` Film Development Council of the Philippines (FDCP) `

Indonesian Films Bring Social Relevance to ASEAN Film Awareness Month

Indonesia contributes a diverse set of socially relevant films to the lineup of ASEAN Film Awareness Month. The first film is Ody Harahap’s When Will You Get Married tackles the topic of being an unmarried woman in your 30s. Dinda is considered successful when it comes to her career but a failure according to her parent’s standards.  They desperately want her to be married and Dinda responds to the pressure by hiring a street actor to play her boyfriend. She regrets her decision when she discovers the actor has a mind of his own and her parents have set out to test their relationship. The film features two of the biggest young stars in Indonesian Contemporary Cinema – Reza Rahadian and Adinia Wirasti- whose chemistry is lauded as riveting in this film.

The Indonesian filmmaker Angga Sasongko contributes two of his films. Filosofi Kopi is a coming-of-age tale between childhood friends who grew up to become business partners. Inspired by the original short story of the same name, Filosofi Kopi follows Ben and Jody as they struggle to keep their business afloat while also searching for the perfect brew of coffee. They take a road trip to find the humble farmer who harvests the best coffee beans. Through this lighthearted story, Sasongko is able to raise questions about the chase for perfection and true friendship. Socially relevant topics are also mentioned such as estranged family ties, land acquisition and the oppression of farmers. Sasongko calls Filosofi Kopi the first ‘user generated’ film in Indonesia because he enlisted the input of individuals outside the film’s production team.

Sasongko also directed We Are Moluccans an inspiring film that follows the journey of a small island soccer team. Based on a true story, the film’s protagonist is Sani, a father and motorcycle courier. The growing conflict between Muslims and Christians in the area spurs Sani to start a soccer school for the local youth. Originally, Sani hoped this would serve as a mere distraction from their violent environment but when he is asked to enter the team into the national tournament , the stakes are raised. Sani realizes the team can be a symbol of unification for the fragmented island locals. It was important for Sasongko to show that a forgotten individual has great power in affecting society. He shares, “This story makes me believe that peace, humanity and tolerance is something that may not be giving up to struggle. This movie is the way I pass on that belief to people.”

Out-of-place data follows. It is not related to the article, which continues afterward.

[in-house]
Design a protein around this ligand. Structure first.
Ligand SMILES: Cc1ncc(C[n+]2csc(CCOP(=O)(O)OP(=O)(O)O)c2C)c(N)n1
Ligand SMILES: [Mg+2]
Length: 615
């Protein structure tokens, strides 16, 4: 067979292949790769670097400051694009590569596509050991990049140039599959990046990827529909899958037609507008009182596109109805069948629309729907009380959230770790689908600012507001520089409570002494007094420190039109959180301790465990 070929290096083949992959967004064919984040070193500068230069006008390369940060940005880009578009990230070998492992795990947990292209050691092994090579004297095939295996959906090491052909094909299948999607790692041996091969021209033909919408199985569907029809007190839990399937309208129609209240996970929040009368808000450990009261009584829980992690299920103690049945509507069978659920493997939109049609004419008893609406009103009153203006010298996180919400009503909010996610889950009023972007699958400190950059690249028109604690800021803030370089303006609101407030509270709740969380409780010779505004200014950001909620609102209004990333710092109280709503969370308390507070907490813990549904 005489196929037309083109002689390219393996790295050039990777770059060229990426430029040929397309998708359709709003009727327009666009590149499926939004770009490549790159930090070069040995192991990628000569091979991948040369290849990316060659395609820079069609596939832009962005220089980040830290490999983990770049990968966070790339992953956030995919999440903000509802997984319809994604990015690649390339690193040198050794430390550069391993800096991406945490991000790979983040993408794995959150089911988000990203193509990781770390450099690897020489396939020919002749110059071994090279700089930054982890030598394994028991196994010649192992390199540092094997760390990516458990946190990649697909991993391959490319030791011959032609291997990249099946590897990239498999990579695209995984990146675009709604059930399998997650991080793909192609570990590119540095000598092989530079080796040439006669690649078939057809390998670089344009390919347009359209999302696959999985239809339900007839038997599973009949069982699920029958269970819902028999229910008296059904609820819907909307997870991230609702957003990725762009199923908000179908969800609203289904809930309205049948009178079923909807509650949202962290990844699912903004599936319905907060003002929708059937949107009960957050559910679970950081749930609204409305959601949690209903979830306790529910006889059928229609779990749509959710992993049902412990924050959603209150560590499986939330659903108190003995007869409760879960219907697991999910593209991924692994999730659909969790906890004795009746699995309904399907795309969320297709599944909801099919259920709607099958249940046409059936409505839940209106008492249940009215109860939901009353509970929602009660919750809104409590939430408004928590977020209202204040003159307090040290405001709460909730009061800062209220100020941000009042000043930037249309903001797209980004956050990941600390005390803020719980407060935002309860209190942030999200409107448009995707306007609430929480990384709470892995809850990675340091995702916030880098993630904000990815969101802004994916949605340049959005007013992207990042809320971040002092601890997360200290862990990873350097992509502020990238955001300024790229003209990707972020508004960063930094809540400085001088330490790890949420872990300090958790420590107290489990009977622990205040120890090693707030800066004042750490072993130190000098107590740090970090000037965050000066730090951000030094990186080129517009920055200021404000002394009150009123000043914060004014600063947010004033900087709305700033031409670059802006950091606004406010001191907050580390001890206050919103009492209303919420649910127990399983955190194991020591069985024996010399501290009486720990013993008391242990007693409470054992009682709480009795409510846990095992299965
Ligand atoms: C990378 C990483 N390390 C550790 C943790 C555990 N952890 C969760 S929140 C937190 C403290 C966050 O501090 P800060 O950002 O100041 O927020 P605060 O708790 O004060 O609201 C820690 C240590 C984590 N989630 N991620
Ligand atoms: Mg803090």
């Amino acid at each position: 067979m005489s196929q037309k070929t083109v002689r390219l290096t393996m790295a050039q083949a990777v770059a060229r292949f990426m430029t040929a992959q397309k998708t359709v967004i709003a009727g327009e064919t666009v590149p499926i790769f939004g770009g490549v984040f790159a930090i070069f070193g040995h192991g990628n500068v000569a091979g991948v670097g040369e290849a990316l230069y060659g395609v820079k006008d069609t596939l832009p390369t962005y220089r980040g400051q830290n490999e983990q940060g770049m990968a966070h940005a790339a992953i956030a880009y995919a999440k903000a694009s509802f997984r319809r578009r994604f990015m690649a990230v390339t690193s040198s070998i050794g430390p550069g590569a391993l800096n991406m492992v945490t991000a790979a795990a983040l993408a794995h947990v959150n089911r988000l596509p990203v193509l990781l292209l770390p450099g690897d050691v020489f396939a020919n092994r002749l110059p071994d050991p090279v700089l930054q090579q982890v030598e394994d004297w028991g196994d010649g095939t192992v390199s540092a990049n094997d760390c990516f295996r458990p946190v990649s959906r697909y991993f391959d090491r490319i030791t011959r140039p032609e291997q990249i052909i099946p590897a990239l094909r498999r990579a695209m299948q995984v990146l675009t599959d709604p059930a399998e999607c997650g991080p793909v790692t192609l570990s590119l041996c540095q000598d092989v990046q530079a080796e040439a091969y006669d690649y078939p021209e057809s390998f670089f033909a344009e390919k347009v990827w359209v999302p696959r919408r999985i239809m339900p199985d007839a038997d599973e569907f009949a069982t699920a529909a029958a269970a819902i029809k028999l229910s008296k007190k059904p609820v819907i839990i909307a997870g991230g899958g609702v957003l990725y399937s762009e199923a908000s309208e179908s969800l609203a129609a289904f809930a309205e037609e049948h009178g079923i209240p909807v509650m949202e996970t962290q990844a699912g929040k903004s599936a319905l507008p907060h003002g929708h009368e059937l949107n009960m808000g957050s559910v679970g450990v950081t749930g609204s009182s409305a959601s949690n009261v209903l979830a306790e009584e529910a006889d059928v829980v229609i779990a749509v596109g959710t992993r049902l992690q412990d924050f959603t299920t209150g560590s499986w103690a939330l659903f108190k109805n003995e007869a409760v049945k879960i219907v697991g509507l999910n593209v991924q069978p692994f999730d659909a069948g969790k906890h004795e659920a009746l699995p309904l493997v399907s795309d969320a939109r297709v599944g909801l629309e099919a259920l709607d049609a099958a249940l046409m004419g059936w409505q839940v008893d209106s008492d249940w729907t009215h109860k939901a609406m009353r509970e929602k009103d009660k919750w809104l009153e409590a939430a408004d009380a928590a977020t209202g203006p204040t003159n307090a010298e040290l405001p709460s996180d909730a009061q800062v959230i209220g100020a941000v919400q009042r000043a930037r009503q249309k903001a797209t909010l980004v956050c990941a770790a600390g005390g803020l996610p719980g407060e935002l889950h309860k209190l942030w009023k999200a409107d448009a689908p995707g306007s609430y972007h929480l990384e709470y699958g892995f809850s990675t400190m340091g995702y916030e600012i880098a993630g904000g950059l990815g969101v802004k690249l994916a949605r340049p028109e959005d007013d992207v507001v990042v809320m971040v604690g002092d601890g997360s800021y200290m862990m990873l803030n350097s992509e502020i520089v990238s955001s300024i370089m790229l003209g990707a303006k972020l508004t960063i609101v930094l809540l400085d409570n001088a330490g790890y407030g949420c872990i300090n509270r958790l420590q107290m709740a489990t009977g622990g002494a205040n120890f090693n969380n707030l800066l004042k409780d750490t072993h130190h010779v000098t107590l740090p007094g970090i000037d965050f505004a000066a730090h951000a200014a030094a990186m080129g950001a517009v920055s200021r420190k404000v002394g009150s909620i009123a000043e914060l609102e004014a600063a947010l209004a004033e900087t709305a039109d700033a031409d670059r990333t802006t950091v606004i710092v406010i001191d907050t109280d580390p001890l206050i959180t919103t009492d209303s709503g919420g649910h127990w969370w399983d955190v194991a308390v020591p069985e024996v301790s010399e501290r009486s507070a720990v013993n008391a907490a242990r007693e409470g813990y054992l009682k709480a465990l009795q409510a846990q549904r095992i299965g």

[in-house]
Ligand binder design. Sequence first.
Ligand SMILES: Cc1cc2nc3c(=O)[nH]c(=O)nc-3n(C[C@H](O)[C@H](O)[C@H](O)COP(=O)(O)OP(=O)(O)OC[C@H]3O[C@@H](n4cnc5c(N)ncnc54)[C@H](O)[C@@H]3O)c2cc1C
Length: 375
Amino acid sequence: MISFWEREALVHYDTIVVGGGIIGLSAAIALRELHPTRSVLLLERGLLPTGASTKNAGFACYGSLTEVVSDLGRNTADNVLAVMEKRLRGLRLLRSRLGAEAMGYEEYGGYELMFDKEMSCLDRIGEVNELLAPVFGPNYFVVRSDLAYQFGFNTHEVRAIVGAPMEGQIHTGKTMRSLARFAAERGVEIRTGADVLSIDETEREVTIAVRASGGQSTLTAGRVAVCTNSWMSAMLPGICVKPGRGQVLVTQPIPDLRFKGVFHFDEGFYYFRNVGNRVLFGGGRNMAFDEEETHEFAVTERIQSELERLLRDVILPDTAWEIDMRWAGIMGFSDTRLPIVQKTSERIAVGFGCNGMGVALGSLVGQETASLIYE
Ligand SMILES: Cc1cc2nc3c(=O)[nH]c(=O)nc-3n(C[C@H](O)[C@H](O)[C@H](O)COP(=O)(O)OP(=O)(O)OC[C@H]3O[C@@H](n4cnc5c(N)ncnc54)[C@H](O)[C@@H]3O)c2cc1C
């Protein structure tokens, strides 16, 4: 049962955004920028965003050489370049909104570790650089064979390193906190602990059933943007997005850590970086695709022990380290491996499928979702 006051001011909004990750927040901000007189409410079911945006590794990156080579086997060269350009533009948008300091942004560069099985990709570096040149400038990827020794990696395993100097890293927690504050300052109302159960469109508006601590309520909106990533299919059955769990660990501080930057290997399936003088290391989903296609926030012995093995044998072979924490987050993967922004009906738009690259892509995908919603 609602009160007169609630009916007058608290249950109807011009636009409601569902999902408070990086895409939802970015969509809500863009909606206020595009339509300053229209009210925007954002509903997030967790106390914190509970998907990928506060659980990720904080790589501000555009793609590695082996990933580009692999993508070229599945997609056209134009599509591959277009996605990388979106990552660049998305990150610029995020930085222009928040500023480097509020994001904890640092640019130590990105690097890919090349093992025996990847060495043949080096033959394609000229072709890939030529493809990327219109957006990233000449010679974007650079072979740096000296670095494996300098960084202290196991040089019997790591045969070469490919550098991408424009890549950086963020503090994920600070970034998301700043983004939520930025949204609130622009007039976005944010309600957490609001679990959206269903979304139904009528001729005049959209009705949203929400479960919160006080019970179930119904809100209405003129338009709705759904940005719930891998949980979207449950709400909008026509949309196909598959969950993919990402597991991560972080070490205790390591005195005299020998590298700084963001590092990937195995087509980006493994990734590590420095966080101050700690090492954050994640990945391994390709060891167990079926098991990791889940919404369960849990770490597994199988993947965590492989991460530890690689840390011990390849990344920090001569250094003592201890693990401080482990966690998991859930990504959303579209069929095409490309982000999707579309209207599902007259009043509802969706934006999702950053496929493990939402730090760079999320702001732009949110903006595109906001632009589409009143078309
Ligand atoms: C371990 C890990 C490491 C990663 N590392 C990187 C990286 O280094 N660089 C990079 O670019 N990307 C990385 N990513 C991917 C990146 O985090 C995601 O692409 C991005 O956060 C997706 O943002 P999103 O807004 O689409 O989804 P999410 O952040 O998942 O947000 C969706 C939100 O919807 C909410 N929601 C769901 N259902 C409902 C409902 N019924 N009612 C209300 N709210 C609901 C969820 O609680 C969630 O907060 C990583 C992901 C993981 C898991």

The last Indonesian film  is Before Morning Returns by Lasja Fauzia Susatyo. The film is a serious family affair that shows how corruption starts and ends in the home. Yan is a civil servant and his wife, Ratna, is a philosophy lecturer. Though their middle income family seems perfect, their public image is thrown into question after a series of investigations. The film’s producer Abduh Azis explains, “The movie is not a narrative of a particular case or a visualization of an investigation. It goes deeper, questioning our integrity and human values when facing difficult choices”. The film was meant to raise public awareness on the ills of Indonesian society such as nepotism, corruption and collusion.

The films will be shown free of charge along with other Southeast Asian film selections from March 1 to April 3, 2016, at the Cinematheque Centre Manila, and screen with English subtitles. Certain films will be shown at an outdoor screenings, and some will be graced by the presence of their filmmakers for a Q&A session. Film schedules and details are available on our social media channels and on the FDCP website, http://www.fdcp.ph/contents/view?id=cinemathequemanila.


Film Development Council of the Philippines